When mozzies bite.

When the mozzies bite, you know you are possibly in for a treat.

So far, I’ve got away with just a few nibbles, nothing to be concerned about. No purulent festering sores have erupted, no scabrous wounds, no mind twisting itches. I’ve only heard the odd little buzzing in the night to indicate their presence. Perhaps because we are in Spain, this lot are a little less vicious than their Scottish midge cousins. Its the weather here making them a little less restive. I saw one sipping on sangria, muttering ‘meh’ rather than going in for the kill on the nearest white skinned tourist. As far as the fauna go, they are the probably the most dangerous little creatures around. Everything else seems to be benign. The flora however are a bunch of spikey bastards. There are flowers of course to lull one into a false sense of security, but make no mistake there is a thousand different types of cactus waiting to prick your sorry arse should you sit in the wrong place. Mozzies seek you out. Cacti just wait for you to come to them. The antidote is a chilled glass of ‘tinto verrano’.

The post breakfast stroll found ourselves buying hats in the busy town square. The lady who sold Ann her hat was French, and thus I could not pass up the opportunity to speak to her in her native tongue. Madame had heard us speaking English and was visibly shocked to be addressed in just about half decent French. I don’t know much of the language but just enough to make them think. I’ve noticed several times how faces light up when an English person speaks their language. Tourists here are from the United States, Germany, the Nordic countries, Japan, China and and the UK of course. It is obvious that just about none of them try to speak Spanish at all. The locals all speak great English which of course enables them to deal with the babel of foreign tongues.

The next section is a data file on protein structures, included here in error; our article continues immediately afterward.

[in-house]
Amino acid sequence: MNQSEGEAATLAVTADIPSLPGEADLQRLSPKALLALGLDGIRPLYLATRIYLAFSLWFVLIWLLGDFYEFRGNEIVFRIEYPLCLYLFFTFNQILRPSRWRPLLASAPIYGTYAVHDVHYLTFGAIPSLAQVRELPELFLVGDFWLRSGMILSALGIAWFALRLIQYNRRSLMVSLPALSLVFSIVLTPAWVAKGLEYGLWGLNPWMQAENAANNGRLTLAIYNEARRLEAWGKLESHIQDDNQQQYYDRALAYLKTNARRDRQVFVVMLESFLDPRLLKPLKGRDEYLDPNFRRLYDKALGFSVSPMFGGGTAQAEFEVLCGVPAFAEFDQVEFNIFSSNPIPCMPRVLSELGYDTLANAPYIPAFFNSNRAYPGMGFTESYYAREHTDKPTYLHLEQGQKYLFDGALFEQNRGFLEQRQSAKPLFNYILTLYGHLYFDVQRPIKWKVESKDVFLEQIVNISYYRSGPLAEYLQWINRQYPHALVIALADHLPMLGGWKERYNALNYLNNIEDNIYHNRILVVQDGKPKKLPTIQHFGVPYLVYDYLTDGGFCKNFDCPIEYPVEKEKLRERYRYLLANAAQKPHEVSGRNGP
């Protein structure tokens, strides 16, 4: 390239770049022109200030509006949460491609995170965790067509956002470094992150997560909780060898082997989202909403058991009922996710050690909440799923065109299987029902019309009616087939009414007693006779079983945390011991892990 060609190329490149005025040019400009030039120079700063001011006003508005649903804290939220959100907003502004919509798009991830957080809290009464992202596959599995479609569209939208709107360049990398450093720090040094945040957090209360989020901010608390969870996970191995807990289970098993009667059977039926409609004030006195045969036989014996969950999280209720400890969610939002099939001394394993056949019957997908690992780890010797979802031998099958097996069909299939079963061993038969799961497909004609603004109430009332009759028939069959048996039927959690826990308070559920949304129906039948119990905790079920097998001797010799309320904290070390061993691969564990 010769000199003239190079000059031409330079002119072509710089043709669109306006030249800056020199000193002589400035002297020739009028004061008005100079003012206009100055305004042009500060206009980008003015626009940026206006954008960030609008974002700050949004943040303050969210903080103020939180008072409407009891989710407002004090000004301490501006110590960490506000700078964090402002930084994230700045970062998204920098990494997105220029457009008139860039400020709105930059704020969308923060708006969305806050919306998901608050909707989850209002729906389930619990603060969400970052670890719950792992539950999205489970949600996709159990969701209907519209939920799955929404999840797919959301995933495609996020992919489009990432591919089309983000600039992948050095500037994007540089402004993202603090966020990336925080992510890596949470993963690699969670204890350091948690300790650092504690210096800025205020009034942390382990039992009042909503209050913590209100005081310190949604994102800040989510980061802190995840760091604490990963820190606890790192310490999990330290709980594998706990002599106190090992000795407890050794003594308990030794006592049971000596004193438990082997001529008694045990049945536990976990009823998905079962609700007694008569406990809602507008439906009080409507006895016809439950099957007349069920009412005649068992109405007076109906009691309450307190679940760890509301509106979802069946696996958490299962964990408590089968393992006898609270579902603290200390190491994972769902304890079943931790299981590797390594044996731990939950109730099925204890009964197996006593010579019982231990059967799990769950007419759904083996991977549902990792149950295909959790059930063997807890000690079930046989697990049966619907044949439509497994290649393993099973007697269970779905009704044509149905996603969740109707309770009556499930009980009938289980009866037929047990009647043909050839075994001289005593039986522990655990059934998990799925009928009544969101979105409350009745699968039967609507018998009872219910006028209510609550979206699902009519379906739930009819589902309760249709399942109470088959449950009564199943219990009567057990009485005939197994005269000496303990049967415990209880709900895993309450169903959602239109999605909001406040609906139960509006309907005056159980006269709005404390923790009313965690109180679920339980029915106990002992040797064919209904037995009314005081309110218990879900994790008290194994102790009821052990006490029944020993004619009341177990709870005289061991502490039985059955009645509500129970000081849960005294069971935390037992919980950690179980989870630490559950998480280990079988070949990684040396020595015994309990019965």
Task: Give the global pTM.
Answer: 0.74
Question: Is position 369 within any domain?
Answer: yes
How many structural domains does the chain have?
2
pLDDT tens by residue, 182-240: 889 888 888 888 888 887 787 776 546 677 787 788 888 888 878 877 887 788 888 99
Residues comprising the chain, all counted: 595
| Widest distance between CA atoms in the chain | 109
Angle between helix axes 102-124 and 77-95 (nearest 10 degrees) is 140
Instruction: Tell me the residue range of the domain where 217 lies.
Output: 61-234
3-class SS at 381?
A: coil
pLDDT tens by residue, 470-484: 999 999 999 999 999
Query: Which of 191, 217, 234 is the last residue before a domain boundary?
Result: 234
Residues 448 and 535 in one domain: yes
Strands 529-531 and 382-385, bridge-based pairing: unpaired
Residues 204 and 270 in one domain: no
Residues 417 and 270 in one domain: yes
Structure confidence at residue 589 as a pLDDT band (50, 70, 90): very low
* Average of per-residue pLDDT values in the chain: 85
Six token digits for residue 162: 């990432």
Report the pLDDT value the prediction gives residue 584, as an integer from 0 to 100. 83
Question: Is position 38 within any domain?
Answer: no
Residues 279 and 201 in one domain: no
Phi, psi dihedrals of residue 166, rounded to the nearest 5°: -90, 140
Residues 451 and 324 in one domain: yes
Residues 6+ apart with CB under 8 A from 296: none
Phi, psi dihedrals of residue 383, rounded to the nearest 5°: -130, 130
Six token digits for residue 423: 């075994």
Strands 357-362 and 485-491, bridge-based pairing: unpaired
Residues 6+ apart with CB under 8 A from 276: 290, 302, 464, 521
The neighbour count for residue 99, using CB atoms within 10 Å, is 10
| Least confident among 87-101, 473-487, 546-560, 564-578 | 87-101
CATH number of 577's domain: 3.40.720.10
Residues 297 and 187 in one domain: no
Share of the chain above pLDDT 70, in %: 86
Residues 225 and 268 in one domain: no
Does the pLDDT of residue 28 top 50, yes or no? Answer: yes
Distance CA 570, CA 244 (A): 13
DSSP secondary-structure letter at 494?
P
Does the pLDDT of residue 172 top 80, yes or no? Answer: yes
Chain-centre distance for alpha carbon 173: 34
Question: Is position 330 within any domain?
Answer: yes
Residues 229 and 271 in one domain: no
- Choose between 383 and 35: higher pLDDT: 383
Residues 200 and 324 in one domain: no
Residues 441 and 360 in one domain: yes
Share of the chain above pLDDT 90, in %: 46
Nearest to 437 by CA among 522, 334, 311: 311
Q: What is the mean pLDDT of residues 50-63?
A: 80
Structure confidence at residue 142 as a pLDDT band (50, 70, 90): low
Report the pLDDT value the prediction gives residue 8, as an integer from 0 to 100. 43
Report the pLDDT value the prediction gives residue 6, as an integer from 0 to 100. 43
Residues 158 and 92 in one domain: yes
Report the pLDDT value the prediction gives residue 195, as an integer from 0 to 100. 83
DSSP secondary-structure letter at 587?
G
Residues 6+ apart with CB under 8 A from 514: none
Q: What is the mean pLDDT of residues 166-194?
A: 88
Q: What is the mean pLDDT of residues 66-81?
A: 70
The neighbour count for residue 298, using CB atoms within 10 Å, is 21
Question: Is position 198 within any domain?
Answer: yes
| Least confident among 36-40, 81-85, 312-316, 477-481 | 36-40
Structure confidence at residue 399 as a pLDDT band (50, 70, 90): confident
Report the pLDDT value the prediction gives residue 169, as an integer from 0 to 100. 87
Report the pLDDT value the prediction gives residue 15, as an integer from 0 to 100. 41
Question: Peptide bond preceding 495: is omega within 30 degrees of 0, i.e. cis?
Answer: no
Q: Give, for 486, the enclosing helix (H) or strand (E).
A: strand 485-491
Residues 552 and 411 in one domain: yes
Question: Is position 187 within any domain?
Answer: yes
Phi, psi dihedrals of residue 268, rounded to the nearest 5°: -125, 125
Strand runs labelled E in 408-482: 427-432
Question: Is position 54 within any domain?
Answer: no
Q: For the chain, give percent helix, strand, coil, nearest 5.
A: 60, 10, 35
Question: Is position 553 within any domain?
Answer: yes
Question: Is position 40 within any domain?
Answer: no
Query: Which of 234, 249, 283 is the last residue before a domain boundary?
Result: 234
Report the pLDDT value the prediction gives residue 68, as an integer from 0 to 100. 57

The Americans are stereotypically loud. They always have been, going back to Roman times in the third century BC. I don’t know why, but one always knows when they are in the vicinity. Perhaps it is because they think they come from the greatest country in the world and have adopted a master race mentality. Perhaps they think they are doing the rest of the world a favour and feel no need to learn a foreign tongue. They do not hesitate for a second before bellowing something inane in loud English. It is frankly embarrassing. Why I should feel that on their behalf is of course a stereotypical British response. My Spanish is not great but the difference it makes to the demeanour of the people one deals with is very noticeable. For example, outside most restaurants there is a member of staff waiting to greet passers by and to invite them in. Most tourists nod something in English to them and walk on. I tried a bit of spanish in response to an invitation to enter the restaurant; “Gracias, pero acabo de comer” which means “thanks, but I have just eaten”. Her face lit up that someone has attempted her native tongue. Little things I know, but it makes a small difference. I always note just how little people try to speak. It is hard, and it takes confidence, and it leads to replies in rapid response as they then assume one knows far more than is actually known. However, I do it to prevent being mistaken for an American, who as a collective nation, are more of an irritant than the mozzies.

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